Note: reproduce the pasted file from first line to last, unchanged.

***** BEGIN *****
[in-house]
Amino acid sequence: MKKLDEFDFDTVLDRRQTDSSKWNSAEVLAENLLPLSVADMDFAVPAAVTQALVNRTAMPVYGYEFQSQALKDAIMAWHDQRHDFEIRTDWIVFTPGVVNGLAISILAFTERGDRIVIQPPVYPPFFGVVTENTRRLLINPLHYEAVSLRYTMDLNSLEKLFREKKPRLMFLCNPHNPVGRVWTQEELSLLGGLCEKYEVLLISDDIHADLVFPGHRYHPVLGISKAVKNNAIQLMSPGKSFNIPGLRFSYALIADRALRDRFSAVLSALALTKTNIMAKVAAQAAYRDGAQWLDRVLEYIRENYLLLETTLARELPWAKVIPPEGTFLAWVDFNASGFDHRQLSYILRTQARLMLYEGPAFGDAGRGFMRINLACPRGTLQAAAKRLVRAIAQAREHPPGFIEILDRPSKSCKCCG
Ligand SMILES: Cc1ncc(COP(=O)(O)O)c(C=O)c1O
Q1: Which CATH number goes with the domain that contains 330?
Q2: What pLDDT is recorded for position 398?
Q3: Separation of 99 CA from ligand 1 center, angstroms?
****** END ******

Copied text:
[in-house]
Amino acid sequence: MKKLDEFDFDTVLDRRQTDSSKWNSAEVLAENLLPLSVADMDFAVPAAVTQALVNRTAMPVYGYEFQSQALKDAIMAWHDQRHDFEIRTDWIVFTPGVVNGLAISILAFTERGDRIVIQPPVYPPFFGVVTENTRRLLINPLHYEAVSLRYTMDLNSLEKLFREKKPRLMFLCNPHNPVGRVWTQEELSLLGGLCEKYEVLLISDDIHADLVFPGHRYHPVLGISKAVKNNAIQLMSPGKSFNIPGLRFSYALIADRALRDRFSAVLSALALTKTNIMAKVAAQAAYRDGAQWLDRVLEYIRENYLLLETTLARELPWAKVIPPEGTFLAWVDFNASGFDHRQLSYILRTQARLMLYEGPAFGDAGRGFMRINLACPRGTLQAAAKRLVRAIAQAREHPPGFIEILDRPSKSCKCCG
Ligand SMILES: Cc1ncc(COP(=O)(O)O)c(C=O)c1O
Q1: Which CATH number goes with the domain that contains 330?
Q2: What pLDDT is recorded for position 398?
Q3: Separation of 99 CA from ligand 1 center, angstroms?